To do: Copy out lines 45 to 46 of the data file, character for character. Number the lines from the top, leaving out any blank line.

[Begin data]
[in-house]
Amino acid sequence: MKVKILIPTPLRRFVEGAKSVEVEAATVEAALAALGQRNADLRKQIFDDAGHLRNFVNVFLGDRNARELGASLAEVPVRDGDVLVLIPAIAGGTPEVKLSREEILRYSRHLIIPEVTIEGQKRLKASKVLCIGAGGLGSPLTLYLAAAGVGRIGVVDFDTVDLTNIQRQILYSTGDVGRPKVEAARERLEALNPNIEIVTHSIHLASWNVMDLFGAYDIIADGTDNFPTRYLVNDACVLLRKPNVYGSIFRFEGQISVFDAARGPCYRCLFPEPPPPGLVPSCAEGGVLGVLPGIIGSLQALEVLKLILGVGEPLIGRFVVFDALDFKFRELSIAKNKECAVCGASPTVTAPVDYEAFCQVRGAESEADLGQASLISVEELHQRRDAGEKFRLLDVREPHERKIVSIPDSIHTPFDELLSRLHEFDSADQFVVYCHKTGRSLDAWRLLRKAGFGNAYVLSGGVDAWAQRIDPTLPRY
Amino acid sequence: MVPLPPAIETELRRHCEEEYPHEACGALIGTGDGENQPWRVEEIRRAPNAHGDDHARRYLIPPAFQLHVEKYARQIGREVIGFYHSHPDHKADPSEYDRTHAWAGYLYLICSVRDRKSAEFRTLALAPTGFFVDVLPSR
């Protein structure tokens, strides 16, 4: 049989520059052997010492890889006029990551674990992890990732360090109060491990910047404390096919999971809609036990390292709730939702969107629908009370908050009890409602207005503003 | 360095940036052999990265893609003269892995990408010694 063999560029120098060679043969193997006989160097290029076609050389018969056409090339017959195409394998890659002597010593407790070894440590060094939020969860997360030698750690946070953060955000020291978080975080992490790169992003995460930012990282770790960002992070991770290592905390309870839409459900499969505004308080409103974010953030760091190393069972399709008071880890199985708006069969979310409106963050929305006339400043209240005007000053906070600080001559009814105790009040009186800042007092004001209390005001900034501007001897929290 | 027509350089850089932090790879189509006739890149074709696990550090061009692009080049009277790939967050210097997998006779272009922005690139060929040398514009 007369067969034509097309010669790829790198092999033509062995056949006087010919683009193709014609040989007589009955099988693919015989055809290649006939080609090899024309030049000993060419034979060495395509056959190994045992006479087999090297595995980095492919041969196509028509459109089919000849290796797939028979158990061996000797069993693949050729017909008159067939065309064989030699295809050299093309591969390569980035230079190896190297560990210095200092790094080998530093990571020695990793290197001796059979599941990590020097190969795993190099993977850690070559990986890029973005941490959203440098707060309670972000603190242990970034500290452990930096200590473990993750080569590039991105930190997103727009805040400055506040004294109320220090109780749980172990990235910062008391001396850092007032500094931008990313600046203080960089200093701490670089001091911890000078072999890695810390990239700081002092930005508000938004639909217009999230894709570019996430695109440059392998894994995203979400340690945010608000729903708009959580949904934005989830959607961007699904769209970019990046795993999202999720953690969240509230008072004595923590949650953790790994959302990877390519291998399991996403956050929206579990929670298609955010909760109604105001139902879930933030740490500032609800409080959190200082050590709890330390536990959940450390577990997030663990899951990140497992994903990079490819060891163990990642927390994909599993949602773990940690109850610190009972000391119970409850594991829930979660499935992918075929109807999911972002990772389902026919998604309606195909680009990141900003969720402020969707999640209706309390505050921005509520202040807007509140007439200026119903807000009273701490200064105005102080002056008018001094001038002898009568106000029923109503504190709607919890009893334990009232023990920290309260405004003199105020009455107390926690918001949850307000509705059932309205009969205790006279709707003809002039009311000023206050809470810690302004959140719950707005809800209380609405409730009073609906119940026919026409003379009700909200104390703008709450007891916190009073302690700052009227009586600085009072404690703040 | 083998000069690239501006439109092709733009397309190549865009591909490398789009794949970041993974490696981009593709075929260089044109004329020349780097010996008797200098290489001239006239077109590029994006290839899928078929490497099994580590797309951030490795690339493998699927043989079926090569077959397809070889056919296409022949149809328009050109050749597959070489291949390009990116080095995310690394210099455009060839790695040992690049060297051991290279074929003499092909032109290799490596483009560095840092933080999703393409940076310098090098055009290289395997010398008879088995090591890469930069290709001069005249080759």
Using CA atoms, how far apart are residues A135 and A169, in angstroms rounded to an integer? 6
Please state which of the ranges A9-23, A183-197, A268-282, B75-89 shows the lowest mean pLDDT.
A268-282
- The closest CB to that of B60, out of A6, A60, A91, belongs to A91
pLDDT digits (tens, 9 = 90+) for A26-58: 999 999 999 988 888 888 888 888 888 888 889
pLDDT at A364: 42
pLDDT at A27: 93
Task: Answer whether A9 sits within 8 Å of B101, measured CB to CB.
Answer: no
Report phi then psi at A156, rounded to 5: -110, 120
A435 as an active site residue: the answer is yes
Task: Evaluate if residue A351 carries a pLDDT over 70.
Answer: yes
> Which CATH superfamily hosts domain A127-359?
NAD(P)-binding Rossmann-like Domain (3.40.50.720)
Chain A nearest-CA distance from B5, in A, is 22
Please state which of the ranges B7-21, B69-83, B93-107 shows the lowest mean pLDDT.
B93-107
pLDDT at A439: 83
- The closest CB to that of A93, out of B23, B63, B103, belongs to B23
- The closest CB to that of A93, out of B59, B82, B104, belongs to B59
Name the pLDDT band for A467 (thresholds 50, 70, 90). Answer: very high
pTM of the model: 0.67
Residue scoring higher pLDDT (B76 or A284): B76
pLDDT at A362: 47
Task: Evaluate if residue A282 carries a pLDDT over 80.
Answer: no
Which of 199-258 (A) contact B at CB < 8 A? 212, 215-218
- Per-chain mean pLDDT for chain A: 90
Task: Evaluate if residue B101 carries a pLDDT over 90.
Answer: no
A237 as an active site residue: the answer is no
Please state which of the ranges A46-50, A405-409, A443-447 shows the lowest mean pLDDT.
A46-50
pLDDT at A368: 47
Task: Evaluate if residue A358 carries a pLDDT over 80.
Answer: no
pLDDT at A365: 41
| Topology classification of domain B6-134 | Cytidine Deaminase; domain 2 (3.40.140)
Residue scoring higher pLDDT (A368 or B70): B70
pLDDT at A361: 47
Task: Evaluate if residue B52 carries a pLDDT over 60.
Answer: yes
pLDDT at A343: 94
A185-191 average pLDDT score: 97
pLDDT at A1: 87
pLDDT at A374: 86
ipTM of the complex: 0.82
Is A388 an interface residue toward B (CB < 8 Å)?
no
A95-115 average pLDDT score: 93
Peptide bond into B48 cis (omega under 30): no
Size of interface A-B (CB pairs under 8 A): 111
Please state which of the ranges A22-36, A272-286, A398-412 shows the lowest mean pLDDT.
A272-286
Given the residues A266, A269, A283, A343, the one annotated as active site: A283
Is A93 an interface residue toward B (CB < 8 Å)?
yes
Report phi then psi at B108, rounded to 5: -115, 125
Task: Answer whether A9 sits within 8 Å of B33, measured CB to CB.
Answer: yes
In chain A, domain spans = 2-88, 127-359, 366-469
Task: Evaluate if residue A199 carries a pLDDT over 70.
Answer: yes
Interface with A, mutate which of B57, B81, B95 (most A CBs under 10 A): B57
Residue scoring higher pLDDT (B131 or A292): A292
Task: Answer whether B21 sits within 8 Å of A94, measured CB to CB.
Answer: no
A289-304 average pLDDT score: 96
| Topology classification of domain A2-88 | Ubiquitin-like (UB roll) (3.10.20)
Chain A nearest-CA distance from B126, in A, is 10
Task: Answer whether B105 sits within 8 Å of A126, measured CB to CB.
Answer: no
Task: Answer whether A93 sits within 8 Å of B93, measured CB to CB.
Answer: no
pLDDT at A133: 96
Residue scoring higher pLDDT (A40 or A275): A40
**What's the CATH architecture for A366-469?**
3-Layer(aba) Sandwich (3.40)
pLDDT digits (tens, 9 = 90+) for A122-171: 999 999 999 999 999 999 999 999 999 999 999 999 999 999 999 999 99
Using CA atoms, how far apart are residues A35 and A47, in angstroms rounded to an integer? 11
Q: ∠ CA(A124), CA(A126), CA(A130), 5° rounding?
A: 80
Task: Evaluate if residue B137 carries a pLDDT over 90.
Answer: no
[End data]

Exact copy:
pLDDT at A361: 47
Task: Evaluate if residue B52 carries a pLDDT over 60.